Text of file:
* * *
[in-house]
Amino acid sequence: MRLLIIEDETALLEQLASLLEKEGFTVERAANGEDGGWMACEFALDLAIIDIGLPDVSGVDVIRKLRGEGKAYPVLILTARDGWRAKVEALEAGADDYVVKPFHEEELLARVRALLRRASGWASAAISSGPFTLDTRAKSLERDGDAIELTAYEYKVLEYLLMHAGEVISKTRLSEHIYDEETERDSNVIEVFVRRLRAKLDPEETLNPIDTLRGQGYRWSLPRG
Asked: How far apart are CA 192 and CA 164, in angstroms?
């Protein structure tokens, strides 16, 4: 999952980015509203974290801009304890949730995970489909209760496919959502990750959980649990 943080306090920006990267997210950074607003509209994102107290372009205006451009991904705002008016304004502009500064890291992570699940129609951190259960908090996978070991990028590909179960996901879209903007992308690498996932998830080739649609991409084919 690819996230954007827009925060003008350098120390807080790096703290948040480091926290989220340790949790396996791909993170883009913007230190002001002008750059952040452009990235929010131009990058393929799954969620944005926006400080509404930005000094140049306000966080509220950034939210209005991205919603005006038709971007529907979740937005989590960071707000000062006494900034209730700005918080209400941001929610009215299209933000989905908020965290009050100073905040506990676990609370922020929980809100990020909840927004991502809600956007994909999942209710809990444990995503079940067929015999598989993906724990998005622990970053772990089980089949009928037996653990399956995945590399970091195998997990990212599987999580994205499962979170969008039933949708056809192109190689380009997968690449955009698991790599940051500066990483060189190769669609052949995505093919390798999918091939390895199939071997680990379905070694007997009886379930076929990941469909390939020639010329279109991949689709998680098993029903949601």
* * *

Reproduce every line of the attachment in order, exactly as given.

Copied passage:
[in-house]
Amino acid sequence: MRLLIIEDETALLEQLASLLEKEGFTVERAANGEDGGWMACEFALDLAIIDIGLPDVSGVDVIRKLRGEGKAYPVLILTARDGWRAKVEALEAGADDYVVKPFHEEELLARVRALLRRASGWASAAISSGPFTLDTRAKSLERDGDAIELTAYEYKVLEYLLMHAGEVISKTRLSEHIYDEETERDSNVIEVFVRRLRAKLDPEETLNPIDTLRGQGYRWSLPRG
Asked: How far apart are CA 192 and CA 164, in angstroms?
């Protein structure tokens, strides 16, 4: 999952980015509203974290801009304890949730995970489909209760496919959502990750959980649990 943080306090920006990267997210950074607003509209994102107290372009205006451009991904705002008016304004502009500064890291992570699940129609951190259960908090996978070991990028590909179960996901879209903007992308690498996932998830080739649609991409084919 690819996230954007827009925060003008350098120390807080790096703290948040480091926290989220340790949790396996791909993170883009913007230190002001002008750059952040452009990235929010131009990058393929799954969620944005926006400080509404930005000094140049306000966080509220950034939210209005991205919603005006038709971007529907979740937005989590960071707000000062006494900034209730700005918080209400941001929610009215299209933000989905908020965290009050100073905040506990676990609370922020929980809100990020909840927004991502809600956007994909999942209710809990444990995503079940067929015999598989993906724990998005622990970053772990089980089949009928037996653990399956995945590399970091195998997990990212599987999580994205499962979170969008039933949708056809192109190689380009997968690449955009698991790599940051500066990483060189190769669609052949995505093919390798999918091939390895199939071997680990379905070694007997009886379930076929990941469909390939020639010329279109991949689709998680098993029903949601």